Over 1.5 lakh persons have declared annual income above Rs 1 crore so far in assessment year 2018-19, up 69% from AY2014-15, Central Board of Direct Taxes (CBDT) chairman Sushil Chandra said on Thursday, but noted that the number was still too low for a large and fast-growing economy like India.
“The department is detecting under-declaration of income through an analysis of consumption patterns,” Chandra said at a conference organised by Assocham. Further, he said, while many of the people with income above Rs 1 crore were salaried, not many firms or associations were reporting income above the threshold. This was not commensurate with expenditure patterns being reported in the economy.
In the April-January period this year, 6.31 crore income tax returns have been filed, which is 37% higher compared with the corresponding period last fiscal. Among them, 95 lakh taxpayers have filed returns for the first time, Chandra said. In FY18, ITD had added 1.06 crore new taxpayers, and had targeted 1.25 crore additional new filers for the current fiscal.
“We see that GDP is growing, consumption is growing, all five star hotels are full but the number of persons filing income of more than Rs 1 crore, it is really pathetic,” Chandra said, and added that the ball was now in taxpayers’ court after the the department has already simplified the return filing system.
Speaking on the need to reduce litigation involving the income-tax department (ITD), Chandra said that 13,000 cases had been withdrawn from various adjudicating bodies after the government had raised the threshold last year for appeals to higher forum.
“…the pendancy is still high but the viable solution is disposal of more appeals and also raising limit (for appeal) further,” he said. The government had estimated that withdrawal of cases would lead to 18% reduction in number of cases under litigation.
Crediting extensive use of technology for widening taxpayers’ base, Chandra said it was possible to monitor non-filers, and the authenticity of income declaration of those filing returns. This was now being done in an non-invasive manner whereby taxpayers were intimated through messages on the e-filing portal, eliminating the need to visit tax officials in person.
For the current fiscal, the ITD launched non-filers management system (NMS) and identified persons who had engaged in high value transaction but had failed to file IT returns. In the 15 days since its launch, 33,000 persons filed returns for the first time while 3 lakh persons visited the e-filing website to check notices from the department.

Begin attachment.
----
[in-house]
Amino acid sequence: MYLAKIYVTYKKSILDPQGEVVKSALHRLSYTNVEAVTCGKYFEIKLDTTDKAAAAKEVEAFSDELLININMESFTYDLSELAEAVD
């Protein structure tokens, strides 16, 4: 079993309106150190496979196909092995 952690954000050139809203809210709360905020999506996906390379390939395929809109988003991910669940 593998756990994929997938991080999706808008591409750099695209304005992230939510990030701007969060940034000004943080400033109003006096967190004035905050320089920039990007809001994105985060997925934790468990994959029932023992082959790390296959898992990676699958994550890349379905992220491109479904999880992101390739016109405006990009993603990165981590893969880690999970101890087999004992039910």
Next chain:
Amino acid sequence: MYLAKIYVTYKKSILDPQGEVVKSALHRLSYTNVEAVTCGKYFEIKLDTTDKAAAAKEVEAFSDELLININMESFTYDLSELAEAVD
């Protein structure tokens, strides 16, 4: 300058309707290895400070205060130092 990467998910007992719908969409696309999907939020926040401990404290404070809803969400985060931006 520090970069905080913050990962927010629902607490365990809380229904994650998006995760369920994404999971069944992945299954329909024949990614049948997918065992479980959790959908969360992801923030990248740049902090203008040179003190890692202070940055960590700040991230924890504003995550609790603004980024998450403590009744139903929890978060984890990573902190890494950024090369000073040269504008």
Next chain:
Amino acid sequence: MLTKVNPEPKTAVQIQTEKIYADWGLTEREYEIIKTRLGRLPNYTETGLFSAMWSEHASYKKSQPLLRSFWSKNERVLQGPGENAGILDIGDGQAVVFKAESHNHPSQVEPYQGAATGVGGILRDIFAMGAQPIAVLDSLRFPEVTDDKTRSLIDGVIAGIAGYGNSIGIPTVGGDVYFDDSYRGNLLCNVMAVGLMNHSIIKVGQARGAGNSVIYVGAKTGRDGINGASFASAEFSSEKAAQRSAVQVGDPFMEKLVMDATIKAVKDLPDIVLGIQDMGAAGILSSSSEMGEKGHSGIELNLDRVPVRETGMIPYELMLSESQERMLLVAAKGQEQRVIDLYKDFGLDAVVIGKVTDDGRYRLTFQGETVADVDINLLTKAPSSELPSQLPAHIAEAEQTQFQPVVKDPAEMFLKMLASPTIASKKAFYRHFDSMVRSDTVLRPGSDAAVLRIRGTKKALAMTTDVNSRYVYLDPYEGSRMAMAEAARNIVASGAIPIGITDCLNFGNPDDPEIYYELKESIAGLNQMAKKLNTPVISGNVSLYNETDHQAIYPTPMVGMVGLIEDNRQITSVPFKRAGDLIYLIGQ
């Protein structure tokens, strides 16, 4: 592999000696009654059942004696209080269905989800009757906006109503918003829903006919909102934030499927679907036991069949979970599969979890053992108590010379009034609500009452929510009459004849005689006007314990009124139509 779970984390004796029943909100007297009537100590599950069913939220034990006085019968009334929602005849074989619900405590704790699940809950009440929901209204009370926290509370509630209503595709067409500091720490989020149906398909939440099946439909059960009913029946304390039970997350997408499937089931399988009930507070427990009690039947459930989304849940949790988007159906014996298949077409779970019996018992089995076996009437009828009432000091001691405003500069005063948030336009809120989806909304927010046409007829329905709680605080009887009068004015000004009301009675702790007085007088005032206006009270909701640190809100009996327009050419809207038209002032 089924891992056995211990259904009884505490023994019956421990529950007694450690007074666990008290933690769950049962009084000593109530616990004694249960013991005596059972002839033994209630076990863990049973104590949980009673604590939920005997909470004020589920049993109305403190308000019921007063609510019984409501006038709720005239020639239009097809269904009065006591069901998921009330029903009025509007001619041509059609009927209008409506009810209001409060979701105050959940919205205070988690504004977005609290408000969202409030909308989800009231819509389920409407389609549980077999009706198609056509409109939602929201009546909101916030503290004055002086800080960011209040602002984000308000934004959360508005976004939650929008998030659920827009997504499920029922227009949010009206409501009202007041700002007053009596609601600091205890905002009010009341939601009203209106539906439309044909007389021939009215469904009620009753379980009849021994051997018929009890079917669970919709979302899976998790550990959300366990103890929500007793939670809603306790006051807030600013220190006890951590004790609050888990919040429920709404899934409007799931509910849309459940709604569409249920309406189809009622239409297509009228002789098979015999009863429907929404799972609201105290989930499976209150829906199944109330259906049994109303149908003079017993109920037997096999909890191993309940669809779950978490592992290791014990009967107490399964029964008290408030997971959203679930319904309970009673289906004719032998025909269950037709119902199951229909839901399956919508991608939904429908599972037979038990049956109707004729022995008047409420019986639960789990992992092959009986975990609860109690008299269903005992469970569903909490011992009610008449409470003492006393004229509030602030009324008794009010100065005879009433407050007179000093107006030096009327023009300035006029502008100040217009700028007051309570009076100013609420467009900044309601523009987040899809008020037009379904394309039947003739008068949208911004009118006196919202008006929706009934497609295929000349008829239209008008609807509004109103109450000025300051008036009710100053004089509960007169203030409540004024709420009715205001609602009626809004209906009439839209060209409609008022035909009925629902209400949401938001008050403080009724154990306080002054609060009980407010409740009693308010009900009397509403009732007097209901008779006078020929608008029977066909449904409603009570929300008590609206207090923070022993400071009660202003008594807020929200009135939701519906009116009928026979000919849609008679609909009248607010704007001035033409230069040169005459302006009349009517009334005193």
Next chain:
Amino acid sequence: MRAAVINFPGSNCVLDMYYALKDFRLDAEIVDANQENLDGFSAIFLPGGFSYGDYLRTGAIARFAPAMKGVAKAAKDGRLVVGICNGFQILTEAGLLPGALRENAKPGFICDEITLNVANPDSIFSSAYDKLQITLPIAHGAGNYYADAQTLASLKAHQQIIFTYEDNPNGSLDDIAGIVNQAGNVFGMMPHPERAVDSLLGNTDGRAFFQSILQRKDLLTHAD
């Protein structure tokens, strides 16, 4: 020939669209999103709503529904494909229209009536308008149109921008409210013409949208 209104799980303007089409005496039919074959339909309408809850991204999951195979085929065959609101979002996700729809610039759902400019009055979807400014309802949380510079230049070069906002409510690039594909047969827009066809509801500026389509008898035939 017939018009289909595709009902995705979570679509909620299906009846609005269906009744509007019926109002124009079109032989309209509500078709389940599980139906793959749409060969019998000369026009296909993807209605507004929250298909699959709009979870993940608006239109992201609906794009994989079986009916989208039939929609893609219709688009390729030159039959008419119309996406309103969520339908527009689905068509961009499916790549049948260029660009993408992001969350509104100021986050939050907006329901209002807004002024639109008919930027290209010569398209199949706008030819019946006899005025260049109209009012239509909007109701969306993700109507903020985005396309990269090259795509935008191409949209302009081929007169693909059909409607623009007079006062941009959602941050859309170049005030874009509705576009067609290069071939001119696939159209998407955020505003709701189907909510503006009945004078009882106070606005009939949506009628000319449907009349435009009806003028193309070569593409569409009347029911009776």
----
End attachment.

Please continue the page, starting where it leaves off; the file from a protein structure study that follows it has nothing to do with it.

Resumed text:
“These cases don’t involve small quantum of tax liability. For example, a person made foreign remittance of Rs 10 lakh but failed to file returns. Similarly, another person purchased property worth Rs 30 lakh but didn’t file return. In another case, a person deposited Rs 10 lakh in bank accounts but hasn’t filed returns yet. We are showing them the mirror.. that look here.. this is your info with us..what you have to say about it,” Chandra said.
On the topic of black money stashed abroad, the CBDT chairman said that the department was receiving a huge amount of information on undeclared foreign assets of Indian citizens from countries like Hong Kong and Switzerland among others. India had entered into treaties with several countries to enable automatic exchange of information.
“I am surprised by the amount of people having foreign assets who have failed to declare it. By not declaring these assets in the FA schedule you are making yourself prone to prosecutions. If undeclared foreign assets are explained, you can go to prison for three years but if you can’t explain the source of these assets then one could be imprisoned for seven years,” Chandra said while adding that the time was long gone when undeclared foreign assets could remain hidden.
Speaking on prosecution cases launched by the department, he said that only 1,400 such cases had been initiated which wasn’t significantly high on a seven crore taxpayer base. Further, most of these cases were against persons who had been deducting TDS from employees but not depositing the same with the government.
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